Calculation of Currency Exchange Rate

Exchange Rate always involves two currencies and are mentioned in the following way:
X/Y = 100. This implies that 1 Unit of Y can buy 100 units of X

In the above nomenclature,
X is called as Price Currency
Y is called as Base Currency (Always set to 1)

Exchange Rate Quote (FX Quote) Nomenclature

• Direct Currency Quote: The domestic currency of the country is the Price Currency and the foreign currency is the base currency.
• E.g. INR/USD is Direct Currency Quote in India. If INR/USD = 75, it implies that 1USD can be purchased with 75 INR or 1 USD can be sold for 75 INR
• Indirect Currency Quote: The domestic currency of the country is the Base Currency and the foreign currency is the Price Currency.
• E.g. USD/INR is Indirect Currency Quote in India. If USD/INR = 0.0133, it implies that 1 INR can be purchased with 0.0133 USD or 1 INR can be sold for 0.0133 USD.
Direct and Indirect Rates are reciprocal of each other.
$$DirectRate=\frac { 1 }{ Indirect\quad Rate }$$
• Cross-Rate Quote: The two currencies involved in this exchange rate are not the domestic currency of the country. The price and base currency are foreign currencies.
• E.g. USD/EUR is a Cross Rate Currency in India. If USD/EUR = 1.22, it implies that 1 EUR can be purchased with 1.22 USD in India.
• The naming convention of cross rate quotes is very important to understand, a cross rate of USD/EUR is written as EURUSD or EUR: USD or EUR-USD.
• The table below gives a comparative picture of all the three nomenclatures of FX Rates:
Direct Indirect Cross
Nomenclature Domestic/Foreign Foreign/Domestic Foreign/Foreign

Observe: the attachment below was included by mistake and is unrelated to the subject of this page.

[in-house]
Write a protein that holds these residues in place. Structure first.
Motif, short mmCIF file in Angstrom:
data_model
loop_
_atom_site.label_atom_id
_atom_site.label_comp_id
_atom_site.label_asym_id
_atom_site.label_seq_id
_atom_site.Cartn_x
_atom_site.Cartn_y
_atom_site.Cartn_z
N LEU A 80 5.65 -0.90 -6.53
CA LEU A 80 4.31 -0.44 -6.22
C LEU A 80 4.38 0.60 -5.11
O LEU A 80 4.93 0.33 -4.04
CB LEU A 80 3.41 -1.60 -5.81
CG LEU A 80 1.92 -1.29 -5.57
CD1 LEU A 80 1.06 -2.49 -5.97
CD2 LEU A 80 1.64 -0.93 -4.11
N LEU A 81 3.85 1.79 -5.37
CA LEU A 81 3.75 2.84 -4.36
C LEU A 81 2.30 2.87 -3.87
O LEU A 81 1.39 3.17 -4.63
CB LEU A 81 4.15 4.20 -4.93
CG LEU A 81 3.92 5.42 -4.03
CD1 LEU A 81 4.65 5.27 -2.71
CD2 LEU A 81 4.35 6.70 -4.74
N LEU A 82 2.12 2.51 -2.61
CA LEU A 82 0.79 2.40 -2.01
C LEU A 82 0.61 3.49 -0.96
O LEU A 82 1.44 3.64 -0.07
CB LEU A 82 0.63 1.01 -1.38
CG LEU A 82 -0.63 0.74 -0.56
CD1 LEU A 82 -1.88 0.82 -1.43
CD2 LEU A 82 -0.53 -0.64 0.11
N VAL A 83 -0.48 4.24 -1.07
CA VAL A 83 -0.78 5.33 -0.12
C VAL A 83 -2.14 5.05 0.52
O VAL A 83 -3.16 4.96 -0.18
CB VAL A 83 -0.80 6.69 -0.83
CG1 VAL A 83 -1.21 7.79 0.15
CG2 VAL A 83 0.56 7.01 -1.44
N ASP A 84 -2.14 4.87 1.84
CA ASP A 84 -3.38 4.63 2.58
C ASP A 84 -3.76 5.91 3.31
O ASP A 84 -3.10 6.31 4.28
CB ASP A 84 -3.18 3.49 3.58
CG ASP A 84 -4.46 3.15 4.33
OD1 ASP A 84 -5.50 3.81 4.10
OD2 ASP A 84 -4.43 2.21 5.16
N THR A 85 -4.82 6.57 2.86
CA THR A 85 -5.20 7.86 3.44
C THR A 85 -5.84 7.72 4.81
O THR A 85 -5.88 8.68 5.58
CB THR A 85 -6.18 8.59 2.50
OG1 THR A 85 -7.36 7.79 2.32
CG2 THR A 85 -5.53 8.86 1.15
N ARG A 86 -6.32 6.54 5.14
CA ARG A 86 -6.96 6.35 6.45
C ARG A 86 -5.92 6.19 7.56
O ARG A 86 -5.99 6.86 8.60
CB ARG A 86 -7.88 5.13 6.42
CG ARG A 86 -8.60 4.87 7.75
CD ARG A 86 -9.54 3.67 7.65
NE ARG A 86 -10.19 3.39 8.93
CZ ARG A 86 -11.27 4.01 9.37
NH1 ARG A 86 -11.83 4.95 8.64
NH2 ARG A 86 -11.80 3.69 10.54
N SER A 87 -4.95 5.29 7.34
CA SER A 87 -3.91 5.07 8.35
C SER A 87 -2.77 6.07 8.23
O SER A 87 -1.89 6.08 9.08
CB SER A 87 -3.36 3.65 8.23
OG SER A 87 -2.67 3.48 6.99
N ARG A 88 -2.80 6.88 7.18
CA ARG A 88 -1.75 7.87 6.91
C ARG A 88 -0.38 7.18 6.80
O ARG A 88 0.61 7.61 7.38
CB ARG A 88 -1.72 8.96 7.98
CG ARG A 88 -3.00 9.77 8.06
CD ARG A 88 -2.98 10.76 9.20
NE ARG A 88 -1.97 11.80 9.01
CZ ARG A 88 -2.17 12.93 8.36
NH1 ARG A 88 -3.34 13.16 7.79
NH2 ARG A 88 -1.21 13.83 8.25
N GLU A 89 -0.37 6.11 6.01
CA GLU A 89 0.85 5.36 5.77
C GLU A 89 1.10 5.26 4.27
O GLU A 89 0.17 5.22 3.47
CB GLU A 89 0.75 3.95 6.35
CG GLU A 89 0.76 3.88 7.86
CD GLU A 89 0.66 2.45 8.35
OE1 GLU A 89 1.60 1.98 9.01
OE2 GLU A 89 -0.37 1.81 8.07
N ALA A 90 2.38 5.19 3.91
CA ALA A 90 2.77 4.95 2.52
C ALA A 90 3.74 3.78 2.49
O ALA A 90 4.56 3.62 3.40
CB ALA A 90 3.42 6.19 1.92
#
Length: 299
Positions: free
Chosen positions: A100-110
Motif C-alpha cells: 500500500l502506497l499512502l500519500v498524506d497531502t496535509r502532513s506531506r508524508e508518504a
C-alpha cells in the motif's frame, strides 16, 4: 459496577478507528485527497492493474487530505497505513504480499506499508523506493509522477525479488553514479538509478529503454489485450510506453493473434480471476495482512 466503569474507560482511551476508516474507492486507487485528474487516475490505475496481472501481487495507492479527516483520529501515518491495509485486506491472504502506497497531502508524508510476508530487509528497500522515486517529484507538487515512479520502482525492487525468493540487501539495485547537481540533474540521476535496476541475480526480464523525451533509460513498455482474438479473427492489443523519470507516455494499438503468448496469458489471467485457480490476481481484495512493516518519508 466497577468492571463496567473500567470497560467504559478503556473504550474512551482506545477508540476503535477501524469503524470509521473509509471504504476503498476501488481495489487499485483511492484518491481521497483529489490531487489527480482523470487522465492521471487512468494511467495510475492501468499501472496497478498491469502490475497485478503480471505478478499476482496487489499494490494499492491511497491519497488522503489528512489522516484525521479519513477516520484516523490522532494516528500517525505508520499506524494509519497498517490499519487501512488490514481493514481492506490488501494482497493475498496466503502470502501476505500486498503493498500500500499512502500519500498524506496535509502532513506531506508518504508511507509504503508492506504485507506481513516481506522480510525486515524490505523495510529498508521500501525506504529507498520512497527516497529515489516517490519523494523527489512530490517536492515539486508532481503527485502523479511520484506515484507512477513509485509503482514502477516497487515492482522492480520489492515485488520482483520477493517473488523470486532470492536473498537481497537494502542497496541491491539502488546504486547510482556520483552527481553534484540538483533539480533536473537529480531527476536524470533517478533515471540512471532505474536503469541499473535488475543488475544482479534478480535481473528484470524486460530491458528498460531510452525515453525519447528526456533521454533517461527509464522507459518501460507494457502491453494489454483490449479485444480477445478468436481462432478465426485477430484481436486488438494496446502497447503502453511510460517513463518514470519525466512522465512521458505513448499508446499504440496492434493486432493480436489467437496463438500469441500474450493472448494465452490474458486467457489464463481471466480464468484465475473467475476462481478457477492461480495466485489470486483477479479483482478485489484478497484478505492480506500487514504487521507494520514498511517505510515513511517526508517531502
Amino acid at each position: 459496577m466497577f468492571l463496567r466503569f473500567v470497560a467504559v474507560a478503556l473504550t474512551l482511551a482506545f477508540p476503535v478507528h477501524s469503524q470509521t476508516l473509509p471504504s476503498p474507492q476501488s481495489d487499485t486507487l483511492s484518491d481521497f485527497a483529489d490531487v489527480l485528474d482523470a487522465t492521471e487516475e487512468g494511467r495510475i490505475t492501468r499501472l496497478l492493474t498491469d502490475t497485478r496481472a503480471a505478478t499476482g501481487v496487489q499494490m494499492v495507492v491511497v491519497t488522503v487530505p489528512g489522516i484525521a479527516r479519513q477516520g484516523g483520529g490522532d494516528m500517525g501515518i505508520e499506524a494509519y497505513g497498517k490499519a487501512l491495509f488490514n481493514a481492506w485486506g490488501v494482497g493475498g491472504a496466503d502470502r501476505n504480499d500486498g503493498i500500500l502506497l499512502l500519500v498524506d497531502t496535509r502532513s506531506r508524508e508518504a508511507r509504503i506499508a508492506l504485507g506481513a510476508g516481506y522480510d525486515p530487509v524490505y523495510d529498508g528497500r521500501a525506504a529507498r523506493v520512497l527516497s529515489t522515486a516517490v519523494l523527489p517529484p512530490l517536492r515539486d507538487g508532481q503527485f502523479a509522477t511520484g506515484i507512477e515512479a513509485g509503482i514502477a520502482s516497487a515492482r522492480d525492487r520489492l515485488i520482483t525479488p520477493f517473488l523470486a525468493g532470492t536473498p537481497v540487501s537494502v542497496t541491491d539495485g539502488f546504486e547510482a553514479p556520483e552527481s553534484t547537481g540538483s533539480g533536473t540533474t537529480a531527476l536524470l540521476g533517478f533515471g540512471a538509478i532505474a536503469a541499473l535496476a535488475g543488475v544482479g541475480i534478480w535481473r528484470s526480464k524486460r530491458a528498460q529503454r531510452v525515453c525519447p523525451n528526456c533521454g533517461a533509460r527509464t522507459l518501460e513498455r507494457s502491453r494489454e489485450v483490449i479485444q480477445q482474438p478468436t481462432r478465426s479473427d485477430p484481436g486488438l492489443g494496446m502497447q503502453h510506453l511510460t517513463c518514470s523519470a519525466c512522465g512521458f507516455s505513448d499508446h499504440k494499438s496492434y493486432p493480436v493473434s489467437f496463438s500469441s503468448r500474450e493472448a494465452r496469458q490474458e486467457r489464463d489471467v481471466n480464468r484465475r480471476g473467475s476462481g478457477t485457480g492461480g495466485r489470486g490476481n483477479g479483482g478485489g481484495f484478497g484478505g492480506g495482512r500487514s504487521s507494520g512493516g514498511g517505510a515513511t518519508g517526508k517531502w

Base Currency Foreign Domestic Foreign
Price Currency Domestic Foreign Foreign
Example (India as Domestic Country) INR/USD USD/INR USD/EUR
Writing Convention INR/USD USD/INR USD/EUR or EURUSD or EUR: USD or EUR-USD
• Three-Digit Quote: A currency is represented by a three-digit unique word in the FX market like EUR for Euro, INR for Indian Rupee, etc.
• However, the three digits can also be used to denote exchange rates, for Example, EUR as an exchange rate implies USD/EUR. To avoid confusion, the case where the three-digit letter defines an exchange rate is a pre-defined set.
• It must be noted that whenever the three digits are used to denote an Exchange Rate, one of the associated currencies (price or base) is USD.
Therefore, we should focus on the word currency or exchange rate associate with the there-digit letter:
1. If it is said EUR Currency it implies, Euro as a currency
2. If it is said EUR Exchange Rate, it implies USD/EUR

Two-Sided Price (Bid and Offer)

• A bid is a rate at which a person/company is ready to buy, and Offer is the rate at which he is willing to sell. (Bid-Buy, Offer-Sell)
• In FX Market, the institutions such as Bank who are involved in the business of FX act as a buyer and seller both, they offer to sell currencies as well as buy them. To generate profit, the purchase rate is always lower than the sell rate, or in other words, they sell the currency at higher rates than they buy them.
• The price on which a bank is ready to sell a currency is called Offer price and the price on which it is ready to purchase is the bid price. The difference between the Bid Price and Offer Price is known as Spread, which is the income of the bank.
$$Spread=Offer–Bid$$
• The rate quoted by such financial institutions who are engaged in both Sale and Purchase on FX is known as a two-sided price. Two-Sided price is quoted as Offer – Bid. Let us see the following illustration to understand the concept.